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Exposed: Farm Lobby's Purchased "Science" Aims to Halt Chesapeake Bay Cleanup

Goodlatte During a hearing before a U.S. House agriculture subcommittee today, farm industry advocates hammered EPA to try to force the agency to delay or drop its new pollution limits for the Chesapeake Bay.  

“Facts really do matter, but EPA doesn’t take them into consideration,” claimed Carl Shaffer, an American Farm Bureau Federation board of directors member, during the hearing.

His organization recently filed a lawsuit to try to block EPA’s new pollution “diet” (or Total Maximum Daily Load) needed to restore water quality in the Chesapeake Bay. And the farm lobby’s allies in the U.S. House (led by Congressman Robert Goodlatte of Virginia, pictured above) voted to strip all EPA funding next year for implementing these limits.

So, what’s behind this assertion -– repeated several times during today’s hearing -- that the EPA has its facts wrong with regard to agricultural pollution?

Well, back in December, a consulting firm called LimnoTech issued a report called “Comparison of Draft Load Estimates for Cultivated Cropland in the Chesapeake Bay Watershed”  that criticized the computer model that EPA used to develop the new pollution limits.

You should know, right off the bat, that the LimnoTech report was bankrolled by the same agribusiness lobby that is trying to stop the Chesapeake Bay cleanup. The report was released by the Agricultural Nutrient Policy Council,  which is chaired by a staff member at the American Farm Bureau Federation, and includes members from the Fertilizer Institute, the National Pork Producers Council, the National Corn Growers Association, and the Agribusiness Retailers.

In other words, not exactly the clean water alliance.

The LimnoTech report compared the Chesapeake Bay Program watershed model (used by EPA to create the new pollution limits) to the first draft of a model used by the U.S. Department of Agriculture’s Conservation Effects Assessment Project, and concludes that the differences between the two models undermines the credibility of the EPA pollution limits.

That claim is “totally without merit….like comparing apples to oranges,” according to an analysis of the LimnoTech report by Dr. Beth McGee, Senior Scientist for the Chesaspeake Bay Foundation. “Not only is the Chesapeake Bay Program Watershed Model a fully valid basis for the (EPA pollution limits), the (U.S. Department of Agriculture) report reaffirms the need for agriculture to do far more to reduce its water quality impacts.”

Dr. McGee dismantles the farm lobby’s misleading claims, and exposes them for the delay tactics they really are.

Copied below is her full analysis:

THE LIMNOTECH REPORT: 
A FAULTY AND MISLEADING DISTRACTION

Beth McGee, Ph. D
Senior Scientist, Chesapeake Bay Foundation

In December 2010, the Agricultural Nutrient Policy Council (ANPC) released a report, prepared by LimnoTech, entitled “Comparison of Draft Load Estimates for Cultivated Cropland in the Chesapeake Bay Watershed.”  The ANPC is chaired by the American Farm Bureau Federation’s Director of Regulatory Services, Don Parrish. Other steering committee members include: The Fertilizer Institute, the National Pork Producers Council, the National Corn Growers Association and the Agribusiness Retailers Association.

The LimnoTech report levied criticisms at the computer model used by the Environmental Protection Agency (EPA) to develop the Chesapeake Bay ‘pollution diet’ or Total Maximum Daily Load (TMDL).  Specifically, the report compared the Chesapeake Bay Program (CBP) Partnership’s Watershed Model  to one used by the U.S. Department of Agriculture (USDA) in its Conservation Effects Assessment Project (CEAP) report for the Chesapeake Bay Region.  LimnoTech alleges that differences between the two modeling efforts draw into question the validity of using the CBP Watershed model to develop the Bay TMDL. This contention is completely without merit.  Not only is the CBP Watershed Model a fully valid basis for the TMDL, the CEAP report reaffirms the need for agriculture to do far more to reduce its water quality impacts.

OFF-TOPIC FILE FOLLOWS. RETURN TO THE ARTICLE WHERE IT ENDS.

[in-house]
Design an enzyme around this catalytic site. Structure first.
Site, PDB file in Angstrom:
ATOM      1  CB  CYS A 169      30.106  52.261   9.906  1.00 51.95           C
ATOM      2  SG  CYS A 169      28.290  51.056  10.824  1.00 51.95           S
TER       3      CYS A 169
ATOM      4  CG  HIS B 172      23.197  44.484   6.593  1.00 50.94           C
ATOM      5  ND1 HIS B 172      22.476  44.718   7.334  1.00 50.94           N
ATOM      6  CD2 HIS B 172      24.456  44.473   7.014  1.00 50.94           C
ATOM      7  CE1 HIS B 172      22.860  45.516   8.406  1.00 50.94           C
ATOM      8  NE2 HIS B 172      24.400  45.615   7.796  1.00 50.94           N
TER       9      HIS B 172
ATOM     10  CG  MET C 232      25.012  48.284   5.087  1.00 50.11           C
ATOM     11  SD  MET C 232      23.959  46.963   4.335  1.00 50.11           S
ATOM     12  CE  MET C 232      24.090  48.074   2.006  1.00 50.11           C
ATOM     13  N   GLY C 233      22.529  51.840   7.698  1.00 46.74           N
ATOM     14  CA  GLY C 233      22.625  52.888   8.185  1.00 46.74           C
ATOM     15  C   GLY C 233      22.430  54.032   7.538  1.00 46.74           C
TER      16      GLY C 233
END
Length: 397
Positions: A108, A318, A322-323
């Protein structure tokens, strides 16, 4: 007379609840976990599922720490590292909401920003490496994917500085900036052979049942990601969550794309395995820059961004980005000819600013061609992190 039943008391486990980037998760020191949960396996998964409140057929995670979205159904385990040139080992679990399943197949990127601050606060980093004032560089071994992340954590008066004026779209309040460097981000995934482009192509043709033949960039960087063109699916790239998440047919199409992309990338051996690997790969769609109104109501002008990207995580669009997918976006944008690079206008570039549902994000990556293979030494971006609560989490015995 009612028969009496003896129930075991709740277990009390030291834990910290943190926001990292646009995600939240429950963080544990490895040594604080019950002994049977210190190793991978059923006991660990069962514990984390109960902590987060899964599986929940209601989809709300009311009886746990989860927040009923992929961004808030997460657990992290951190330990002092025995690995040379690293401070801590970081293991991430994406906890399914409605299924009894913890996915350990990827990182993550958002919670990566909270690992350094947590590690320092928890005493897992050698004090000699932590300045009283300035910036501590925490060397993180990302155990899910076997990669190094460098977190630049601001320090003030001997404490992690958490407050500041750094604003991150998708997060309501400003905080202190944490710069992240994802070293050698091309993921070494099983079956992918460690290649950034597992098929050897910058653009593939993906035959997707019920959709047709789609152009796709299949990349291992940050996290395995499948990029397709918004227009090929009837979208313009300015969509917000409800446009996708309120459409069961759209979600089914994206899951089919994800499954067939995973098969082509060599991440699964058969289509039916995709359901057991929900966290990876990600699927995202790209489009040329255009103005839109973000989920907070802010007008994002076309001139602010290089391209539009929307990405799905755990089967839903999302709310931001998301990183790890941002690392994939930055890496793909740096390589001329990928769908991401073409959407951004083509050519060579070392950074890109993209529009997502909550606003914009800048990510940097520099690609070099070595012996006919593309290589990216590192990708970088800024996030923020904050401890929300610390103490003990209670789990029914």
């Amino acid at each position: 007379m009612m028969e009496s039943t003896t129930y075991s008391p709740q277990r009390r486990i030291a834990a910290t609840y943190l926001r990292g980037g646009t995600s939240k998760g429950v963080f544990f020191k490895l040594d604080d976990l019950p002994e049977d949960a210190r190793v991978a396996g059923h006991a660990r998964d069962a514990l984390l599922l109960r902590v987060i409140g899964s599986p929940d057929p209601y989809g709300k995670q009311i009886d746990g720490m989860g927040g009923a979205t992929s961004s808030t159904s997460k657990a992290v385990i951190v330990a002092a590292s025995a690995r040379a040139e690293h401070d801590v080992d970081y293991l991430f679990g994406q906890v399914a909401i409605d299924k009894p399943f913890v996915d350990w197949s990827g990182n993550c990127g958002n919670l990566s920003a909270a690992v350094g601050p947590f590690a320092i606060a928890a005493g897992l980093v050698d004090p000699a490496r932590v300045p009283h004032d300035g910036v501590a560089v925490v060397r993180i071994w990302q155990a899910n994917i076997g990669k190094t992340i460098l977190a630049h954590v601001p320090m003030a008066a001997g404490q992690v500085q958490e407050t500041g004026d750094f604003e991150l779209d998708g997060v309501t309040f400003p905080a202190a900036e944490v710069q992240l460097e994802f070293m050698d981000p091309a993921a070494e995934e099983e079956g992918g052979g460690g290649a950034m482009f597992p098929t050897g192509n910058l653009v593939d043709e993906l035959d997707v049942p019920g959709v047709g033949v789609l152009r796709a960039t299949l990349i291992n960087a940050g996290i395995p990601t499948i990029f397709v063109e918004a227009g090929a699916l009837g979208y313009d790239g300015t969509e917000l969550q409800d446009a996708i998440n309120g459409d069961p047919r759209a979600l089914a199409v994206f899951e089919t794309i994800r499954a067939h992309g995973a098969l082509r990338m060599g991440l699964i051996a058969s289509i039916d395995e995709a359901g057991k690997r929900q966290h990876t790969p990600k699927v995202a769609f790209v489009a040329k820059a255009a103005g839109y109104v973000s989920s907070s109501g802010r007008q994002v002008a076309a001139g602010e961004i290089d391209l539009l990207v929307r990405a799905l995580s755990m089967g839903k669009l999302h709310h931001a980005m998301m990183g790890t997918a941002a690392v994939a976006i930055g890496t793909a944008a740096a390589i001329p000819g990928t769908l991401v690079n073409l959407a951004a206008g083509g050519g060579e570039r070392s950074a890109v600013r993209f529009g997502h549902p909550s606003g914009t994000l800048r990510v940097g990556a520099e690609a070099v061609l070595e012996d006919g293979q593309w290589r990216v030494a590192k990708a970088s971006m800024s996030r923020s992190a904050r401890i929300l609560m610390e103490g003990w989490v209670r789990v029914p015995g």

The CBP Watershed Model and the CEAP model were developed for two different purposes. The CBP Watershed Model was created as a management decision-making tool to assist with the development of the TMDL and includes comparable information about multiple pollution sources.  The CEAP model is more narrowly focused on evaluating the effects of conservation practices on cropland.  Because they were developed independently to achieve different goals, it is not surprising the modeling framework and several model parameters (e.g., hydrology, time frame, spatial scale) differ.  Hence, comparing the models is like comparing apples to oranges. 

At its core, the LimnoTech report is an attempt by national agribusiness lobbying groups to discredit the Chesapeake Bay TMDL and delay efforts to clean up the region’s rivers, streams,  and the Chesapeake Bay. The Bay TMDL is a scientifically-based tool developed over a decade in collaboration with numerous federal, state, and academic partners using a state of the art model that peer reviews have validated time and time again. ANPC’s efforts to undermine the TMDL by attacking the credibility of the CBP Watershed  Model  distracts us from the real issue that agriculture, like all other sources of pollution, must do more if we are to restore the Chesapeake and the rivers that feed it. 

 

Flaws
1. The LimnoTech report is fundamentally wrong to compare the CBP Watershed Model’s estimates of TMDL caps for agriculture with the CEAP model’s agricultural pollution loads. 
LimnoTech presents, on the front page of its report, graphs that compare pollution load estimates from cropland for the CBP Watershed Model and CEAP model to the Bay TMDL pollution caps or limits for each pollutant that agriculture is responsible for achieving.  This comparison is misleading and inappropriate. As noted above, the two models’ designs are inherently different.